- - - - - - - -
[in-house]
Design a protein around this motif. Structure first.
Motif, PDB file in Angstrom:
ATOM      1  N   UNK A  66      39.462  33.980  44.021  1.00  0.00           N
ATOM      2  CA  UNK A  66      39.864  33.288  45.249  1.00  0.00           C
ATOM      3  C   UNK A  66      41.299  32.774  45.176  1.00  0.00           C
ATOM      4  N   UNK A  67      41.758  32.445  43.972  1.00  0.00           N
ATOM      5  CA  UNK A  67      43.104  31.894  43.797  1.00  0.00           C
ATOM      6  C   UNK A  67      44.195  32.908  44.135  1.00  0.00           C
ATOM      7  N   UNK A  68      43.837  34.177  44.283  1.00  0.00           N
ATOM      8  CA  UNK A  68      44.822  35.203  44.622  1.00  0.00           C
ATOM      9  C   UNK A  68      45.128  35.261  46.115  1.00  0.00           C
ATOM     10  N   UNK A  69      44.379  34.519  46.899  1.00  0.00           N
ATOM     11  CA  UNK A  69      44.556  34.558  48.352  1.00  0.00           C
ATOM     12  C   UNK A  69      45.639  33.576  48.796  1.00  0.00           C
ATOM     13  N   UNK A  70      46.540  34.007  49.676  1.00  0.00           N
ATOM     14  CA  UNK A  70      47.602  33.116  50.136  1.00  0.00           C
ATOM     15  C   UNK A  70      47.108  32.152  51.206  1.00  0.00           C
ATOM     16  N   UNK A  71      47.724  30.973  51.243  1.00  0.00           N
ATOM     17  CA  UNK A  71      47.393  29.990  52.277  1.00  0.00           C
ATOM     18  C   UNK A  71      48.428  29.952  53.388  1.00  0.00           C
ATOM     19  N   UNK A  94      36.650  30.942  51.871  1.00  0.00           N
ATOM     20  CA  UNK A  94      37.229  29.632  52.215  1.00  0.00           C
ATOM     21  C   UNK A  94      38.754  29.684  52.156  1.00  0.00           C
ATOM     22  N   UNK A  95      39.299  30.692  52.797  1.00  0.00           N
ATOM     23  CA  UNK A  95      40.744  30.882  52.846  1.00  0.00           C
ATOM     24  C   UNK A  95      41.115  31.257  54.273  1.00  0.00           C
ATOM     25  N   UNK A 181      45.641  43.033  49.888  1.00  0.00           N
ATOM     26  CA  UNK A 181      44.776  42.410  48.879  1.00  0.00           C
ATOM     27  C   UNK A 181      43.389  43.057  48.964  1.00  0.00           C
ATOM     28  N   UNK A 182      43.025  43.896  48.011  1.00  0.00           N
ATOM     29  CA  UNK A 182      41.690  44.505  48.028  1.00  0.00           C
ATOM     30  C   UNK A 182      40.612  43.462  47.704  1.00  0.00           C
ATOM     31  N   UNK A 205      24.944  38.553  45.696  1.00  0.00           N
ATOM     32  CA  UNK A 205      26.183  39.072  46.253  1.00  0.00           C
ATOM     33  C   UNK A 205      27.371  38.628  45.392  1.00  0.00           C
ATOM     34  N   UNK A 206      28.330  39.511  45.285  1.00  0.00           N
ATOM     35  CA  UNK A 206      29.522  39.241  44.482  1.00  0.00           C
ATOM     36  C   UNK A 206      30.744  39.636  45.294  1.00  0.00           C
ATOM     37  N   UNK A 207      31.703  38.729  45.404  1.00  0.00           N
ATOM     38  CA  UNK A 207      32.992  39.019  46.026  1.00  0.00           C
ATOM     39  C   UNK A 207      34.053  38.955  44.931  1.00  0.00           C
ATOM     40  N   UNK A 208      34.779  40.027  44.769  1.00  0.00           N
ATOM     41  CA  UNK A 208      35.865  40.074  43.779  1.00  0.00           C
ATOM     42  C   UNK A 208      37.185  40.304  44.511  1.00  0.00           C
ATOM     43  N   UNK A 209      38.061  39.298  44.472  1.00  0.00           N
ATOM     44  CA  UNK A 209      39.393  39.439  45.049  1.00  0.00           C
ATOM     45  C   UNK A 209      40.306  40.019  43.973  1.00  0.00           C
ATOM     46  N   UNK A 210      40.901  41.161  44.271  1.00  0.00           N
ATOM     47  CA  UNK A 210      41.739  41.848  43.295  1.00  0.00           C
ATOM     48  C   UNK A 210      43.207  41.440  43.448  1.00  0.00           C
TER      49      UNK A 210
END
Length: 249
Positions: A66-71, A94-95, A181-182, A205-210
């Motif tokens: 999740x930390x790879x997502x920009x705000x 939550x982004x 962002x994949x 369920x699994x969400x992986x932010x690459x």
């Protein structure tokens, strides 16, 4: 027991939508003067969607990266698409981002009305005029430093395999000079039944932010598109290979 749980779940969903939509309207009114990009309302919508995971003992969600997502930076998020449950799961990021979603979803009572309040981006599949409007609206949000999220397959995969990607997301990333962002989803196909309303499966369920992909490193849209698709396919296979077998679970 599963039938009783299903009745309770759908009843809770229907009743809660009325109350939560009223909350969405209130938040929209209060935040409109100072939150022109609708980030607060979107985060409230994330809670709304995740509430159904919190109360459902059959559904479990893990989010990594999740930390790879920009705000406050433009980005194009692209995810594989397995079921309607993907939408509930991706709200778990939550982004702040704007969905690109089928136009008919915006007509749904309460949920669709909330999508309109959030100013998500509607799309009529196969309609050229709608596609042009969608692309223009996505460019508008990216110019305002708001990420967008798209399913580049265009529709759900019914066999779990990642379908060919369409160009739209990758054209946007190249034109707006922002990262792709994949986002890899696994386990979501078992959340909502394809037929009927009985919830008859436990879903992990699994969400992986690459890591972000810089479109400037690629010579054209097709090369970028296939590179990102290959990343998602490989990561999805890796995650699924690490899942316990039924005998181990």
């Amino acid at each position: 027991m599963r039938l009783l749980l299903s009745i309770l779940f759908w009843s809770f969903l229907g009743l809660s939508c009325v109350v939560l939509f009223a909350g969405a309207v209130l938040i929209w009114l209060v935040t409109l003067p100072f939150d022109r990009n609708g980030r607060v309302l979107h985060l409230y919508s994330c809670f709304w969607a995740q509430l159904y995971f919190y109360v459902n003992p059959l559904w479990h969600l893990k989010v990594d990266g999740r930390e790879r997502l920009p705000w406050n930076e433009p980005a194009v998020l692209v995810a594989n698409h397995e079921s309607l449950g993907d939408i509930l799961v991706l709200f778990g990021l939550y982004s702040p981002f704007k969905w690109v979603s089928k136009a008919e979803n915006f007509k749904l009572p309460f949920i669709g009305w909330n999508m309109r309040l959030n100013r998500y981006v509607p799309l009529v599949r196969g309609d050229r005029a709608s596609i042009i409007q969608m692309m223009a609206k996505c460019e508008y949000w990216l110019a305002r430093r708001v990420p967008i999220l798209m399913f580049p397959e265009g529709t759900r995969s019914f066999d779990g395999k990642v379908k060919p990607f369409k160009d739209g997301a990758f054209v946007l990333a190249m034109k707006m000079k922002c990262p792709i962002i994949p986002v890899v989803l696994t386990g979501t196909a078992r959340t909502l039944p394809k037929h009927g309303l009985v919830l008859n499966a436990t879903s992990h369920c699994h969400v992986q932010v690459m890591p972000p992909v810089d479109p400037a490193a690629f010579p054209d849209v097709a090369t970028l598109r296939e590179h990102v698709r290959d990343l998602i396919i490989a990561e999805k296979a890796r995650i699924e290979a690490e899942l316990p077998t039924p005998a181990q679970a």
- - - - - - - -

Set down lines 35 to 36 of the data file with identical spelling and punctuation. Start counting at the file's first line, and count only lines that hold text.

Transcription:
ATOM     32  CA  UNK A 205      26.183  39.072  46.253  1.00  0.00           C
ATOM     33  C   UNK A 205      27.371  38.628  45.392  1.00  0.00           C